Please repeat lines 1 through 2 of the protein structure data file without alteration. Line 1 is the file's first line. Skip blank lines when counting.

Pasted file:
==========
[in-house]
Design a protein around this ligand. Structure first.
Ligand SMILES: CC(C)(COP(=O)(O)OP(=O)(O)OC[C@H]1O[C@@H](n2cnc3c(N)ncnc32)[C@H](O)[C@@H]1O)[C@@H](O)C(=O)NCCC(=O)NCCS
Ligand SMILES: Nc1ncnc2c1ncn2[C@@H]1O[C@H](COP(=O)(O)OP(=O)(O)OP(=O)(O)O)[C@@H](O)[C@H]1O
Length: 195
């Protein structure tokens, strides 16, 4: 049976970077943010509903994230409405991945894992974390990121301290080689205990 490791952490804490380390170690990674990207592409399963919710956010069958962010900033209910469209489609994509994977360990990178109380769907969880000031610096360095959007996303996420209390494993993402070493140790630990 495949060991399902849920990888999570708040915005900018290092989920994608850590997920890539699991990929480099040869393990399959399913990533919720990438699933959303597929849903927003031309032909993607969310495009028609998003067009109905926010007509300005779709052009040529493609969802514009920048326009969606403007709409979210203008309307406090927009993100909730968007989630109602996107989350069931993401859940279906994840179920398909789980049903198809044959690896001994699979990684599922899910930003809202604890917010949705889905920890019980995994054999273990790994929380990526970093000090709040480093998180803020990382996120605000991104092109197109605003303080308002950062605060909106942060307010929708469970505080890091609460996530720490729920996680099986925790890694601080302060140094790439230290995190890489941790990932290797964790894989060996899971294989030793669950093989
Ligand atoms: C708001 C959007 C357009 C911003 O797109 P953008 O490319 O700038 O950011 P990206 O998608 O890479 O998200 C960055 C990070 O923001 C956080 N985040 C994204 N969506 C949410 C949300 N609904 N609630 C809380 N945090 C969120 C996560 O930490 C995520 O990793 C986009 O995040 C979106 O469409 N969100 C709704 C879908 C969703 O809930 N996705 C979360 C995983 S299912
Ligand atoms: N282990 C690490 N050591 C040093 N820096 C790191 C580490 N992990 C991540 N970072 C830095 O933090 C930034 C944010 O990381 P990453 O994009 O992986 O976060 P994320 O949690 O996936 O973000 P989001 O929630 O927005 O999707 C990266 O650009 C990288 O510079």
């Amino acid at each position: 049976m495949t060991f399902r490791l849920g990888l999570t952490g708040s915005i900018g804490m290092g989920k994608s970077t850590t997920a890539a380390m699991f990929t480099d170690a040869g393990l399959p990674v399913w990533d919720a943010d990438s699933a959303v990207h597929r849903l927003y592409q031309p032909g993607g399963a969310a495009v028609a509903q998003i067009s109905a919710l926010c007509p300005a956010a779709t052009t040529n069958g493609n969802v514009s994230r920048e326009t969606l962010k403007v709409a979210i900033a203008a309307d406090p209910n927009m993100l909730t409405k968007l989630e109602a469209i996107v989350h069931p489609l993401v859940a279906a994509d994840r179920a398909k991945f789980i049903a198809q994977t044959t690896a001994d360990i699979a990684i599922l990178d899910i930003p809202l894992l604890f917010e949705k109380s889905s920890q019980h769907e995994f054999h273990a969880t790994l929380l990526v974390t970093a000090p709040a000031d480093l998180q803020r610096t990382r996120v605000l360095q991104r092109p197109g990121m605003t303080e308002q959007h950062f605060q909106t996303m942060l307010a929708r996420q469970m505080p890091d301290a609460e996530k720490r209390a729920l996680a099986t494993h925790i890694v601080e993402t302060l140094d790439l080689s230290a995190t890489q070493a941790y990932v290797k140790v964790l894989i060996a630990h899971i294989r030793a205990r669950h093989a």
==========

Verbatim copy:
[in-house]
Design a protein around this ligand. Structure first.